You are talking about the 4-color version of the process here, which I
don't personally like. The monochrome version has basically no flaws.
>repeatibility, and is difficult to manufacture / process. If I understand
>correctly, carbon is easier to make and is more repeatible.
Carbon (transfer) is definitely easier (just add water...) and more repeatable.
>Of course, Fresson looks very different from carbon. We should not compare
>apples and oranges, but why is there such a big difference as far as making it
You mean commercially feasible? Very simple. It is a 19th century
technology somewhat akin to clock making --another lost art. Way back then,
trade techniques and secrets were transmitted from one generation to the
next. This is what happened to the Fresson process. As long as it goes from
one generation to the next there is no problem teaching a considerable
amount of skills to the younger generation, which picks it up like a new
language. It's effortless and perfectly natural. You know what it's like to
learn a language when you are say, 20 or older? It is MUCH more difficult.
They have streamlined their operation quite effectively. When they do a run
of magenta (on top of the cyan developed image), they do it all day, etc.
Somewhat like Vivex streamlined carbro back in the 30s. See my
>My guess, just a guess, is that Fresson prints look very unique to anyone who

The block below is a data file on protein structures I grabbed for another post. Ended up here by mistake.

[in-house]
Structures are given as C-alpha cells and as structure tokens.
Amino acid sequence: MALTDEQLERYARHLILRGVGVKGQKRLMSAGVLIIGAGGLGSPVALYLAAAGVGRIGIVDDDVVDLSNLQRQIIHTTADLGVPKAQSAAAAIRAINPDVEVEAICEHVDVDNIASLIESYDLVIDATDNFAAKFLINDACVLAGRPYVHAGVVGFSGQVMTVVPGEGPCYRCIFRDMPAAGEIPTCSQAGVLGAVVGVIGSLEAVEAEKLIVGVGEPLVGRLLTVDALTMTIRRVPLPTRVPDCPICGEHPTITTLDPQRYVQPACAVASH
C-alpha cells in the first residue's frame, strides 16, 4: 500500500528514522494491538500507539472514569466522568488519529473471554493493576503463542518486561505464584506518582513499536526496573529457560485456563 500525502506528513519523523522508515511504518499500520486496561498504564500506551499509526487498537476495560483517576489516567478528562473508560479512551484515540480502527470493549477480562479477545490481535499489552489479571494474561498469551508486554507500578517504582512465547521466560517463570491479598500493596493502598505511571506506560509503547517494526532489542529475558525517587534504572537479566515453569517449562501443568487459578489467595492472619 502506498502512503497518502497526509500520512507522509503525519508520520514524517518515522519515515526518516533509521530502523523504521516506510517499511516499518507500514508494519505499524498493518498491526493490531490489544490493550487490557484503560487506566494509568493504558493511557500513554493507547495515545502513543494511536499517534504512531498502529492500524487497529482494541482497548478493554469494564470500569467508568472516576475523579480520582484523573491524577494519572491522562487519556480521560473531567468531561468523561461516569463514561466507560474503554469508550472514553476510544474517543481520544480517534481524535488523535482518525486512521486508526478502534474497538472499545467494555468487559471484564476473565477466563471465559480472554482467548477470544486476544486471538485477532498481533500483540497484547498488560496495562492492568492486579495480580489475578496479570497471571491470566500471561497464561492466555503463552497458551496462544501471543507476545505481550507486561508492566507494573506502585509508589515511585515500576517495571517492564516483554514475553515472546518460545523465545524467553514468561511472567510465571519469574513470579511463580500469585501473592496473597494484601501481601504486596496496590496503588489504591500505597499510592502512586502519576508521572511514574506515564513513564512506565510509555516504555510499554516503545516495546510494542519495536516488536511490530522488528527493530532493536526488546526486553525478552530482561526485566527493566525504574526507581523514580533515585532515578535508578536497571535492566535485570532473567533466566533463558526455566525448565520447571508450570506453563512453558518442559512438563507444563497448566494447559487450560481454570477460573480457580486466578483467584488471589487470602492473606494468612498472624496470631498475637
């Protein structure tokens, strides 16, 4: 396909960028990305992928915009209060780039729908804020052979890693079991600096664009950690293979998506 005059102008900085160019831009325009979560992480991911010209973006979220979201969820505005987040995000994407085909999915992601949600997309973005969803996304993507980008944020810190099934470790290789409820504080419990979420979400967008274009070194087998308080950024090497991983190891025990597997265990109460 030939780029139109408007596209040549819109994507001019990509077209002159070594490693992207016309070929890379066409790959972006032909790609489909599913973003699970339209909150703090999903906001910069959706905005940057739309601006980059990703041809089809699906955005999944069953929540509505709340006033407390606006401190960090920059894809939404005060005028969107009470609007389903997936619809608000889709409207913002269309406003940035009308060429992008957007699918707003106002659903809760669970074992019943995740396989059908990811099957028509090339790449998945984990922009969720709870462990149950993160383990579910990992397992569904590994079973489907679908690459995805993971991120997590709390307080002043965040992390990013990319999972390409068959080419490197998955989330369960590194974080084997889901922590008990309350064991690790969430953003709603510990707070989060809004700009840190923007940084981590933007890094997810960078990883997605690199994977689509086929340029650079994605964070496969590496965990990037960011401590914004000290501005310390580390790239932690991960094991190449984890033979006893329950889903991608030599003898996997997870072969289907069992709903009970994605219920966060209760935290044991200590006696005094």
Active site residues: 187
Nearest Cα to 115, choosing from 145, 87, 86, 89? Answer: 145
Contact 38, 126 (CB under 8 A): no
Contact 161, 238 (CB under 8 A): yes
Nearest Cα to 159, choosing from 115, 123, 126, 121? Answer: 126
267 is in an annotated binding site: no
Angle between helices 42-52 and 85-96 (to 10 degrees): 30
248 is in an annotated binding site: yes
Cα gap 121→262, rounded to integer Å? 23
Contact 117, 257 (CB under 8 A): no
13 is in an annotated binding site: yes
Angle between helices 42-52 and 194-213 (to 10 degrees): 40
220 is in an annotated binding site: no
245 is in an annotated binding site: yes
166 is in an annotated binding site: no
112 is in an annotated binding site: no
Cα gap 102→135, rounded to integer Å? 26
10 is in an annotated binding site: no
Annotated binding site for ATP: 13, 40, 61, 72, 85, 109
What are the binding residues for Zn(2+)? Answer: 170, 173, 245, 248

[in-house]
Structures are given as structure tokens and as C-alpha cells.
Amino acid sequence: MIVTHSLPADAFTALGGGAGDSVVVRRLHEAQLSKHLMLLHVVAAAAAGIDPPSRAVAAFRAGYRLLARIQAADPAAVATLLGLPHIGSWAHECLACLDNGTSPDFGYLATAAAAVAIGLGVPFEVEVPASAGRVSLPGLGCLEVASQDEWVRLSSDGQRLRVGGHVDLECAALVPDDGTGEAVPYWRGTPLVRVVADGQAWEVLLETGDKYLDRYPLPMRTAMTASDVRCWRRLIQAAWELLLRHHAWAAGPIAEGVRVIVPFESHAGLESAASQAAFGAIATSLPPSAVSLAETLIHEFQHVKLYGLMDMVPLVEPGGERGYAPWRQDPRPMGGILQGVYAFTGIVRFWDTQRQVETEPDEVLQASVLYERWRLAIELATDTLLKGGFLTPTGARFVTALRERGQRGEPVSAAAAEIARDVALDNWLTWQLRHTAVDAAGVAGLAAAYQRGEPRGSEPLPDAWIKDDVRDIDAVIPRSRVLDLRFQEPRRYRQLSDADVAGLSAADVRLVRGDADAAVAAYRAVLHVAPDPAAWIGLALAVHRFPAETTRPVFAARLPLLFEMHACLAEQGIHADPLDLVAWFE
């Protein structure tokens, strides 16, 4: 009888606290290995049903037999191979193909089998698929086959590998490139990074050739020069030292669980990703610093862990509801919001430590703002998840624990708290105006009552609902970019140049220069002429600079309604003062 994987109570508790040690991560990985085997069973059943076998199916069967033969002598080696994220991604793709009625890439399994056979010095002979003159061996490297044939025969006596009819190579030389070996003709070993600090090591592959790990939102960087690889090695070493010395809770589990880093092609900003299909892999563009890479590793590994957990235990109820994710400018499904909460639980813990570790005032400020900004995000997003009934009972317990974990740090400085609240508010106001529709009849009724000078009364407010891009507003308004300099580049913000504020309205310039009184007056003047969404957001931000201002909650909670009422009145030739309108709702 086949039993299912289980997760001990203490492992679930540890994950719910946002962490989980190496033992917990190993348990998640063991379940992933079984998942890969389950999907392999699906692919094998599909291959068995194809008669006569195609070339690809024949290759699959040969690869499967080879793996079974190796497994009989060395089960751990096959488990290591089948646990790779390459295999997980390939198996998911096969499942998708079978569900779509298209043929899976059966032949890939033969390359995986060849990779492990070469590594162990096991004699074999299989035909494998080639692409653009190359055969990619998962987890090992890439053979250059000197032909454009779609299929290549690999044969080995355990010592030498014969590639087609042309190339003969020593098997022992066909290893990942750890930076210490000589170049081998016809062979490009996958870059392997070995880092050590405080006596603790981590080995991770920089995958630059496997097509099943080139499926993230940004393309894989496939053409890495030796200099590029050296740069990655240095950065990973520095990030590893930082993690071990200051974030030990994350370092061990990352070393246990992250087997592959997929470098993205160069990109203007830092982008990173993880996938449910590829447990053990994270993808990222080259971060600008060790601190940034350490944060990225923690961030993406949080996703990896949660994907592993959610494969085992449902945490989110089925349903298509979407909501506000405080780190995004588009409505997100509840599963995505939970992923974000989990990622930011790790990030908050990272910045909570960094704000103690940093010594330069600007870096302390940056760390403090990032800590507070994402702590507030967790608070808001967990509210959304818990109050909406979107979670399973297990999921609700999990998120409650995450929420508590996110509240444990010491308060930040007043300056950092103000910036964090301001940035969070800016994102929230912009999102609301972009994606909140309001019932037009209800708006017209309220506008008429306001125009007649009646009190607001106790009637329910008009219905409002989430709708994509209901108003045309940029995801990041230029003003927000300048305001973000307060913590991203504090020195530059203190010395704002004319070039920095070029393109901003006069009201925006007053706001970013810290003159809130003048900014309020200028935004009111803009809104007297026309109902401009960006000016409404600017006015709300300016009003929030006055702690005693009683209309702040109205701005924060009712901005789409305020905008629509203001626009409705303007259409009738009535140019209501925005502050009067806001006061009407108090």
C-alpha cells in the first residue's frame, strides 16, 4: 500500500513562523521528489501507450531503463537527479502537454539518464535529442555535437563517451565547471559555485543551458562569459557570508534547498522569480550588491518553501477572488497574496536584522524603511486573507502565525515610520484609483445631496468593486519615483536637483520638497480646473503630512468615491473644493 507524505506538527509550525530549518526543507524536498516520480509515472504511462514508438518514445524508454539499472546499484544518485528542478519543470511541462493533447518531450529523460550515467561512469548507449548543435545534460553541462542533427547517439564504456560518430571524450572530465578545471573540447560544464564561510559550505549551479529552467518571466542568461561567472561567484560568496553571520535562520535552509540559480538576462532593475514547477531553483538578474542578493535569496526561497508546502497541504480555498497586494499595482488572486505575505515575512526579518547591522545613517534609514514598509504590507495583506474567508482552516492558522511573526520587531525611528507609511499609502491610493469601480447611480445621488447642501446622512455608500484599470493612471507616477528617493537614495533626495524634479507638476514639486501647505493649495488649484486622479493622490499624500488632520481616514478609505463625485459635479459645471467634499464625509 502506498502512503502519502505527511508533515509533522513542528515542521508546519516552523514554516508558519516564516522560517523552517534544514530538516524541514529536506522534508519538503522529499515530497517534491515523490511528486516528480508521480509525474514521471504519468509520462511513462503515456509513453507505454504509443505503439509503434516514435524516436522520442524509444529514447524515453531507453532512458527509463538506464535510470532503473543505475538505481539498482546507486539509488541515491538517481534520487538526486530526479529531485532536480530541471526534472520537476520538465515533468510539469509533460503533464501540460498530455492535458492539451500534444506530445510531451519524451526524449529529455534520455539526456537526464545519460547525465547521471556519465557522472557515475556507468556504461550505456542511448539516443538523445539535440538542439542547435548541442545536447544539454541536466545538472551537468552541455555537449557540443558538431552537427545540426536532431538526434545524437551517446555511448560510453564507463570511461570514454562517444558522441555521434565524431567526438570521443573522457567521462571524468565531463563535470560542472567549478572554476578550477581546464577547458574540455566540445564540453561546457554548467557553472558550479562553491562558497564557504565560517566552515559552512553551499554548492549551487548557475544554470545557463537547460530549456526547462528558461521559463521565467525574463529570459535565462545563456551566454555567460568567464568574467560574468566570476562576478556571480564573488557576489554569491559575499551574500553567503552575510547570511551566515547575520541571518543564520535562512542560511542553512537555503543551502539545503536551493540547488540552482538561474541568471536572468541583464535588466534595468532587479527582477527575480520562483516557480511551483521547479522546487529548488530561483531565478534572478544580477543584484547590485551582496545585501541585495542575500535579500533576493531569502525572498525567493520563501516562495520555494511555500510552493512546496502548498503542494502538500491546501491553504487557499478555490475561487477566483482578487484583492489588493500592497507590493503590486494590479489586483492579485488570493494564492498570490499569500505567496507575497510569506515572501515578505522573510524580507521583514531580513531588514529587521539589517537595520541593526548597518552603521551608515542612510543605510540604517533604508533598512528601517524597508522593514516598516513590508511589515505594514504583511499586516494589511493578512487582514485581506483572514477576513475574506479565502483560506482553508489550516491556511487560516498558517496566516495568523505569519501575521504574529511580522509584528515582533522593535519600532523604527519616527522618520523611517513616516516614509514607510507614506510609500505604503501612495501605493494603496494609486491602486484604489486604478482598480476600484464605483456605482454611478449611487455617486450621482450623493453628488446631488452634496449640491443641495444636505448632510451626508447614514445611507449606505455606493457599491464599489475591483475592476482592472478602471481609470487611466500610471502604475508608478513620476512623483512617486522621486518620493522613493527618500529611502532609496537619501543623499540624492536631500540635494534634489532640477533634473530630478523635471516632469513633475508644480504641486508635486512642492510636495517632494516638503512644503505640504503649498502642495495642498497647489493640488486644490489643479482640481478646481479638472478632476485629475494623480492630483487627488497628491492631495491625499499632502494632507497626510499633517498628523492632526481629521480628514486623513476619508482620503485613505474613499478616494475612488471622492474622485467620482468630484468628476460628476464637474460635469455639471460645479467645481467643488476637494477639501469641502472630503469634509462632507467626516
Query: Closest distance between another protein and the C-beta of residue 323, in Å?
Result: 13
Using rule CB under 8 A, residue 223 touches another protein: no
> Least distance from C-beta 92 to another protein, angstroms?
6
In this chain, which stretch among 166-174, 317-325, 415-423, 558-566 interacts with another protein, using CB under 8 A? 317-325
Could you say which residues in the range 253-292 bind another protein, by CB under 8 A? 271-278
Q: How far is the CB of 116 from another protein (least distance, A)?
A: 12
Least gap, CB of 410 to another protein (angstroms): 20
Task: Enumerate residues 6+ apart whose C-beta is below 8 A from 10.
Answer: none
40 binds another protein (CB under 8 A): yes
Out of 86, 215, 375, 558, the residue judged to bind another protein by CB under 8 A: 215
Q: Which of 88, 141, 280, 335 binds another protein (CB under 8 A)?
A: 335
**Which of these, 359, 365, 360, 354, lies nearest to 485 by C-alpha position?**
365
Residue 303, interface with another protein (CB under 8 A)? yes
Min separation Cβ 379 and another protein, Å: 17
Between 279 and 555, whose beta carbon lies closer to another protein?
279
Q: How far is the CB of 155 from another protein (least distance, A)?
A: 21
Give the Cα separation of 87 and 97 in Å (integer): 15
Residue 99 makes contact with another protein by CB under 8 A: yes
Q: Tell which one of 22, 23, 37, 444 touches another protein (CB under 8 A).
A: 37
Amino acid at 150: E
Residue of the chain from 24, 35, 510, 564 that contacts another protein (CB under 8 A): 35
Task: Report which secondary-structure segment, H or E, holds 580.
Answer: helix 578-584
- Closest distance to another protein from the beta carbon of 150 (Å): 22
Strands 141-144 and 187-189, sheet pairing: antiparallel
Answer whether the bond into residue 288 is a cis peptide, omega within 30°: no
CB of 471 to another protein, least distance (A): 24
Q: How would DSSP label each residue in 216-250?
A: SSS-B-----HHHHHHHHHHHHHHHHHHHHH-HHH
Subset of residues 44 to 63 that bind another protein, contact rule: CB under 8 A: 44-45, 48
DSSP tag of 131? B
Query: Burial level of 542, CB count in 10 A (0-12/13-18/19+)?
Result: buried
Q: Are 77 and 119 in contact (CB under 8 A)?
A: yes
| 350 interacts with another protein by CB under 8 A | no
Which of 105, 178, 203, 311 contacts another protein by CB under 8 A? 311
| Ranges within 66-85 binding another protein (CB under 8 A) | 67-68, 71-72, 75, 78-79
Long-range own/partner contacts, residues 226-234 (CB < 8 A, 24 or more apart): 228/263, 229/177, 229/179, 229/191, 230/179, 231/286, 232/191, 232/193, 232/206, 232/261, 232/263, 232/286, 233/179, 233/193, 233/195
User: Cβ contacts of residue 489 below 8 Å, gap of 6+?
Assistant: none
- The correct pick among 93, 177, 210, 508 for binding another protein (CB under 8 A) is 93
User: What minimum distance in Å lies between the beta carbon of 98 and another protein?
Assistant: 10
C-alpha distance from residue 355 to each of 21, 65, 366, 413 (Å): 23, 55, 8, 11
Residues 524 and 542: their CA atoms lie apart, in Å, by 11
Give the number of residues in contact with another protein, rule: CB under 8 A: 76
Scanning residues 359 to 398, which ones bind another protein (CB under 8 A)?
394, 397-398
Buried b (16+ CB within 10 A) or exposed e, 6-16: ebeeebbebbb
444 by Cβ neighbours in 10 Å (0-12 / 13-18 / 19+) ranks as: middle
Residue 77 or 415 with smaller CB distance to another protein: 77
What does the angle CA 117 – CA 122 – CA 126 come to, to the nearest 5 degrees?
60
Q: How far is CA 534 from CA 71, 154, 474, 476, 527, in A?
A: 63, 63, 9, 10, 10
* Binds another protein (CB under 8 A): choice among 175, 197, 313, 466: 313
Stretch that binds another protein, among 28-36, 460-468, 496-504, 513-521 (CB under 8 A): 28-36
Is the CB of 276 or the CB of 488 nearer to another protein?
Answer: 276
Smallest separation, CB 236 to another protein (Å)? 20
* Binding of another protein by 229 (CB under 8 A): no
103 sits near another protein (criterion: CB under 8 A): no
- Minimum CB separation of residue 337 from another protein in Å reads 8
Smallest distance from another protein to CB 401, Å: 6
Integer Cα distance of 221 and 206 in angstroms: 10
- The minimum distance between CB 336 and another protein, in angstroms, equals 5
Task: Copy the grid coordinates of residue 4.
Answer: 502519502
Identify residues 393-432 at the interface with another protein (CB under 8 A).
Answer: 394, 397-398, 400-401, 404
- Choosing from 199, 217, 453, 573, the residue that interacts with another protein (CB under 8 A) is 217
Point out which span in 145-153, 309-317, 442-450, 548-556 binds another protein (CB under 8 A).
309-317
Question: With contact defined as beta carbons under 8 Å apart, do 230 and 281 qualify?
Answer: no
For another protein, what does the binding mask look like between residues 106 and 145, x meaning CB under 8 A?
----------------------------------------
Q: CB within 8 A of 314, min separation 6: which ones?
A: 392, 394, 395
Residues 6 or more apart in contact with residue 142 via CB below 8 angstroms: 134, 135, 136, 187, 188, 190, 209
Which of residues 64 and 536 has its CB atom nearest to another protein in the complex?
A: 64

>looks at them. When something is unique, sometimes it is hard to say whether
>it looks good or bad. It is just unique, and that uniqueness gives a special
>market. Carbon, on the other hand, look just like "better looking" photographs
>to an *untrained* eye.
This is way oversimplified. There is uniquely crappy and there is uniquely
fantastic. The latter, as you should know by now, is what has caused many
people to spend extraordinary amounts of efforts trying to solve the
squaring of the circle...
>>> The number of things that can and will go wrong with carbon is staggering.
> For some unknown reason, most of these problems disappear after a
> considerable amount of experience has been gained.
>I liken making alt. process print with riding a bicycle. Before you get it,
>everything goes wrong. No matter how others explain to you, you just can't get
>it right; then some day you get it, and you get it, and you get it. It is hard
>to explain what you know before and after you get it, but you just get it.
>>> Been there, done that, and got the T-shirt;-)
>This is a second language question for me again. What does "got the T-Shirt"
It's a local expression. A variant is "and got the bumper sticker". You
must have seen those cars with the bumper sticker that says "this car
climbed Mt. Washington". The bumper sticker (or T-shirt) is the "proof"
that you have achieved something.
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